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The canal intersection was a popular route for people taking gondola rides, and we would often hear the gondoliers calling out as they turned a blind corner. It was fun to stand on the bridge and watch them go by, one after another. Alas, the romantic image of solitude with a loved one in a gondola is a fantasy: seeing the boats drift by one after the other was more like the log flume ride at an amusement park. (I was still impressed by the one-oared skill of gondoliers.) We didn’t bother taking a ride ourselves.

The view to the left

The view to the left

The view out our window looking to the right

The view out our window looking to the right

During one afternoon, we saw a gondola with a wedding party aboard — bride and groom plus in-laws. Cute.

Frequently a motorboat would come the other way and the gondolier would shout a warning to NOT TOUCH THE GONDOLA.

Frequently a motorboat would come the other way and the gondolier would shout a warning to NOT TOUCH THE GONDOLA.

I Am a Special Person, and Therefore Deserve Chocolate

At Katie’s preschool, the older kids get to invite mothers to come to a Mother’s Day Tea Party. But the younger kids have what they call a “Special Person’s Tea,” in which they can invite any adults they like. Dads, grandparents, aunts, friends, etc. Since all of our extended family now lives far away, I was the only Special Person around to come to Katie’s tea party. Sigh. We got spoiled with this kind of thing in Utah, where both grandmas and often dad could come to things like preschool events and school plays. Not so much anymore.

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But I absolutely adored coming to this with Katie. As her Special Person, I got to eat lots of chocolate. There was a truffle at each place setting. And then one of the parents had brought homemade fudge for the snack buffet. It was the best possible outcome, snack-wise.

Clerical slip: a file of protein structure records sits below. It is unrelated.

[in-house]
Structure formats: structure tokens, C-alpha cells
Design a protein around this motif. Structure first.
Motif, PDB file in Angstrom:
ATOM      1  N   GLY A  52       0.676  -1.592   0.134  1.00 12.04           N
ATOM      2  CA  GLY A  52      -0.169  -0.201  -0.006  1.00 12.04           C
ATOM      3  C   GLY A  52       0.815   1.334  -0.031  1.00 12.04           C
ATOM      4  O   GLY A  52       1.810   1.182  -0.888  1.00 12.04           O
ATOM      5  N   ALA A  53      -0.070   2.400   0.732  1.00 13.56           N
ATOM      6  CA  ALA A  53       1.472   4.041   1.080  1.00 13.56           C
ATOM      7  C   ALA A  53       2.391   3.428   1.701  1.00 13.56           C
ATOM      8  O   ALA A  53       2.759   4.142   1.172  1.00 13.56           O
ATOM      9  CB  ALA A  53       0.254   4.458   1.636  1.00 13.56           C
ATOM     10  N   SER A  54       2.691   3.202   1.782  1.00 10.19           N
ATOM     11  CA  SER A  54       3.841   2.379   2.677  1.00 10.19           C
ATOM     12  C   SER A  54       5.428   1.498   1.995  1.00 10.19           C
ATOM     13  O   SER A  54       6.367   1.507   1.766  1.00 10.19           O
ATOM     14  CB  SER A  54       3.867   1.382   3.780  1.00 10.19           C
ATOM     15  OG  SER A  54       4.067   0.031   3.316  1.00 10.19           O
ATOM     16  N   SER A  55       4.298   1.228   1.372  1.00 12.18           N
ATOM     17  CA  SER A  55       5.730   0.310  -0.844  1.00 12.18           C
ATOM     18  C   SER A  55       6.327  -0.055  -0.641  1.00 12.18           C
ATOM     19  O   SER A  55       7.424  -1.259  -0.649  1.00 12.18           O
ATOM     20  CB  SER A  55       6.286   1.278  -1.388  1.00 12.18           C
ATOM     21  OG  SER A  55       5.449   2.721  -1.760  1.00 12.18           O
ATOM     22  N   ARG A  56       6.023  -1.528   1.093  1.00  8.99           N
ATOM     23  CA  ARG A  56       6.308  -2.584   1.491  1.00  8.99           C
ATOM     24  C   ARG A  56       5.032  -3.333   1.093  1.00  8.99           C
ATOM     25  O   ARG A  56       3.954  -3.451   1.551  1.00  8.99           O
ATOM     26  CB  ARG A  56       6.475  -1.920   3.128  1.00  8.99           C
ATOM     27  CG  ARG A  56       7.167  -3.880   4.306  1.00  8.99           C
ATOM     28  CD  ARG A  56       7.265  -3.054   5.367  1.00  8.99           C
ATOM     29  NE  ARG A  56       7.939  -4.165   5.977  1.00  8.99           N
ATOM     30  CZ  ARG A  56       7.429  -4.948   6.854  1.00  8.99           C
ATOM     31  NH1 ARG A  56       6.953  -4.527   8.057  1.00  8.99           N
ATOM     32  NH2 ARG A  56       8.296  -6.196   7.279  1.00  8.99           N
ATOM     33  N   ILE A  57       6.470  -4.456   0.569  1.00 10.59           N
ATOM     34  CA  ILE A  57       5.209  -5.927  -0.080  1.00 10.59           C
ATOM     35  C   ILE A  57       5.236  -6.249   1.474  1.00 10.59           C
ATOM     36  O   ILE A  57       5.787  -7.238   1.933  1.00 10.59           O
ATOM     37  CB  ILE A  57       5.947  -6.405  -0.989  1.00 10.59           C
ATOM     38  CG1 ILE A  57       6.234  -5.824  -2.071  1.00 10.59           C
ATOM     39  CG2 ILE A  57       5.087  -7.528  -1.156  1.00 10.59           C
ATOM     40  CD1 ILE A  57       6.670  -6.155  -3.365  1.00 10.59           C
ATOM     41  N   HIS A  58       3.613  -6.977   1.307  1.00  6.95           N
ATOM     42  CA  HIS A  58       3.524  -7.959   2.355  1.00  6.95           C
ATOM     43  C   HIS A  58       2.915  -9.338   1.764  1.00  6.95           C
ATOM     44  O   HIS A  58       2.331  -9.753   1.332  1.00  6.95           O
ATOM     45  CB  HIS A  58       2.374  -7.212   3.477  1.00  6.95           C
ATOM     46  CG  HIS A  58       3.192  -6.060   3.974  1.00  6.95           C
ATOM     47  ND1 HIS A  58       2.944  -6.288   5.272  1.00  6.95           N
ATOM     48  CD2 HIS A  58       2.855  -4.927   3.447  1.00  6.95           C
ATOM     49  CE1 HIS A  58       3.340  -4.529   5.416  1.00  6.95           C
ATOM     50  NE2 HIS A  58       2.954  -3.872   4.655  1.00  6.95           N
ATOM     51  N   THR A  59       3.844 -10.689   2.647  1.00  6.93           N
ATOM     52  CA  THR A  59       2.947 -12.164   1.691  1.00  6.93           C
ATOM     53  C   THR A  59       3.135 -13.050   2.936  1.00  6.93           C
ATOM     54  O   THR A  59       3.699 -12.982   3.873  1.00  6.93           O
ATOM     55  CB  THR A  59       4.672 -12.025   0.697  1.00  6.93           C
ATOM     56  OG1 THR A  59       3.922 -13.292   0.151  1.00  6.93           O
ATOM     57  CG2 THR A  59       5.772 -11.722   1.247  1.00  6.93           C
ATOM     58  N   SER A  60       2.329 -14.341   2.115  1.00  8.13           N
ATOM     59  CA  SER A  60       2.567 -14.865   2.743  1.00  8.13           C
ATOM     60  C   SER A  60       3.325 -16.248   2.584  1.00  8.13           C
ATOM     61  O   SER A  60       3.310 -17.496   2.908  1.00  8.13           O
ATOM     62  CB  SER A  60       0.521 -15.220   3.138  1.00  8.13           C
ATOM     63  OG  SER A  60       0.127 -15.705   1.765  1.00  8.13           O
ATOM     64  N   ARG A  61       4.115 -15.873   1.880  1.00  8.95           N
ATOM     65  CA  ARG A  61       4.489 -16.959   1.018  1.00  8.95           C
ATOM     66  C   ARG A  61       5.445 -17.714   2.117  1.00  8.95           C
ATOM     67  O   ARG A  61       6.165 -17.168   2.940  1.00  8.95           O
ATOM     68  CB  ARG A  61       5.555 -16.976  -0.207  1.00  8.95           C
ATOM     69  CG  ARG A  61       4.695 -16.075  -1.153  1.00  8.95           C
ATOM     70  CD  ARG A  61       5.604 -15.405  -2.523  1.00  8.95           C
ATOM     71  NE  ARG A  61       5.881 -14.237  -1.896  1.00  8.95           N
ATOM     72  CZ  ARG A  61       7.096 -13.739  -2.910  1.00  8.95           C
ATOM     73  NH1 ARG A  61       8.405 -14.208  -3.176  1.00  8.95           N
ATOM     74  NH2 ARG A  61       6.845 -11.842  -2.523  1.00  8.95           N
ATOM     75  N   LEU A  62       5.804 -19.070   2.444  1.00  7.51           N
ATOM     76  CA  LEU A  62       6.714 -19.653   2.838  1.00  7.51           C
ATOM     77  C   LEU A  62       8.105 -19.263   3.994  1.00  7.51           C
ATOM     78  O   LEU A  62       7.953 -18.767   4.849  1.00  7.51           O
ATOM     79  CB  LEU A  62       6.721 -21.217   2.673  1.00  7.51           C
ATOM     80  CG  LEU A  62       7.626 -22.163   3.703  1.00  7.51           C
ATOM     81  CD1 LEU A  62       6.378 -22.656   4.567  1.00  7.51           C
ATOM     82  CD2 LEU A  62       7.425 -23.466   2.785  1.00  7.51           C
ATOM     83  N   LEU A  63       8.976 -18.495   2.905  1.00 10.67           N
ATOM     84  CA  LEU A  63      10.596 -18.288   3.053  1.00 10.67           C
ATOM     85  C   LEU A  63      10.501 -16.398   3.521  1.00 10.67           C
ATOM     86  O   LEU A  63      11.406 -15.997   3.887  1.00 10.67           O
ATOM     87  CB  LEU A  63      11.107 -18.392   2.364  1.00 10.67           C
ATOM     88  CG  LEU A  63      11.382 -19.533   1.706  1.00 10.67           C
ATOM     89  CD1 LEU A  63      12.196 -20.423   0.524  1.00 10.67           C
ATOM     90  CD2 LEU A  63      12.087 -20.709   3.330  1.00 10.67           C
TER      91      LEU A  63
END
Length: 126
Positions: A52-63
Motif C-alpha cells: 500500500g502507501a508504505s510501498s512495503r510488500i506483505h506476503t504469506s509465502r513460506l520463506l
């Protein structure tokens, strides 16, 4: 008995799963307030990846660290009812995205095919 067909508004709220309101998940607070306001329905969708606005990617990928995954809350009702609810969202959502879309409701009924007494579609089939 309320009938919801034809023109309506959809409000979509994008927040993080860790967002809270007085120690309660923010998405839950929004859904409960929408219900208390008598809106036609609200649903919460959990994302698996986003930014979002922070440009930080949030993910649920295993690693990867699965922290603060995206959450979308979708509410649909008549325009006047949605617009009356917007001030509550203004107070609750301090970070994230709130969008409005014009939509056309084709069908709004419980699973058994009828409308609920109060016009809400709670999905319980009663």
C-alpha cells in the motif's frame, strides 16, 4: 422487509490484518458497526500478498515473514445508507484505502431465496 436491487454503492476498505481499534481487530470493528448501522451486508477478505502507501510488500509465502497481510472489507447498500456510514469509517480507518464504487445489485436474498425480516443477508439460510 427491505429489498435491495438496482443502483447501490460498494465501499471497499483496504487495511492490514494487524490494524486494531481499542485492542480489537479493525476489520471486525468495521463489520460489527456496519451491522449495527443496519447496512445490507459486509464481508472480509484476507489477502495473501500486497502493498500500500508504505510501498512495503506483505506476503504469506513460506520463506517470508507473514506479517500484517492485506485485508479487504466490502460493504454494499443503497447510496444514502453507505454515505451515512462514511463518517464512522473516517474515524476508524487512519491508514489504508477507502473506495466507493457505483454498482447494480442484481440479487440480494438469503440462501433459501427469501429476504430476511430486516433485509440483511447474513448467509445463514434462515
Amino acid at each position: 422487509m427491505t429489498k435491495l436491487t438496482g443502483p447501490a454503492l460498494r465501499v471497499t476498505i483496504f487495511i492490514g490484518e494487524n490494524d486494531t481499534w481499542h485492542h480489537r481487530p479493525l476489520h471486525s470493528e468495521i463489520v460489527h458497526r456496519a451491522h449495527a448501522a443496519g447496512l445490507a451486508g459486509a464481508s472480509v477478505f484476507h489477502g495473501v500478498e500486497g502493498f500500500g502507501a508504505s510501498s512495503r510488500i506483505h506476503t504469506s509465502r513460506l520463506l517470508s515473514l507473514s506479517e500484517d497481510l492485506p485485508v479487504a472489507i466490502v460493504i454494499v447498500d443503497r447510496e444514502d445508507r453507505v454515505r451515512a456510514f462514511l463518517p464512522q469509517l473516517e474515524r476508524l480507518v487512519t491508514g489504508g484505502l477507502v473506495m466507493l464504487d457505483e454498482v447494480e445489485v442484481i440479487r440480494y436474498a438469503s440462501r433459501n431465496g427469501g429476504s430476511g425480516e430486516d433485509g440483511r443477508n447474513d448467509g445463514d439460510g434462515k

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Katie was oozing adorability from every pore. She wore this flower hat she made in class, and sang songs. The adults were seated first, and then the kids were brought into the room in a line from their classroom. When Katie saw me, she broke away from her class, shouted “Moooooom!” and ran across the room to hug me. So much for staying in line.

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And lining up was necessary for what the kids did next: sing songs. I just about melted, especially when Katie decided (about halfway through) to put her necklace up on her face and then keep singing. That necklace is one my parents gave me when I was eight or nine. It’s fun to see it so beloved by my daughter (she wears it almost every day).

 

Give Me All the Candy and Eggs You Have

Easter was a low-key affair this year. Brian and I were leaving for our trip to Italy just a few days afterwards, so we were reluctant to plan a big dinner that would result in lots of leftovers. In fact, that’s exactly what we did have for Easter dinner: leftovers. It did a great job of cleaning out the fridge. The kids didn’t even notice that Easter was different from what we’d done before.

Because of course we had already had our Easter Tea Party on the last day of school before Spring Break. (Inspired by the Christmas Tea Party we’d had in December. You may think I’m some hot-shot mom for doing this, but the truth is that I just really like an excuse to buy scones.)

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Because of course we already dyed eggs.

Easter was pretty much a done deal.

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And we went to our usual neighborhood egg hunt. This was the first year that Jeff, Ella and Wim were pretty much self-sufficient. Brian just kept an eye on the older three from the background, while I followed Katie around in the toddler section.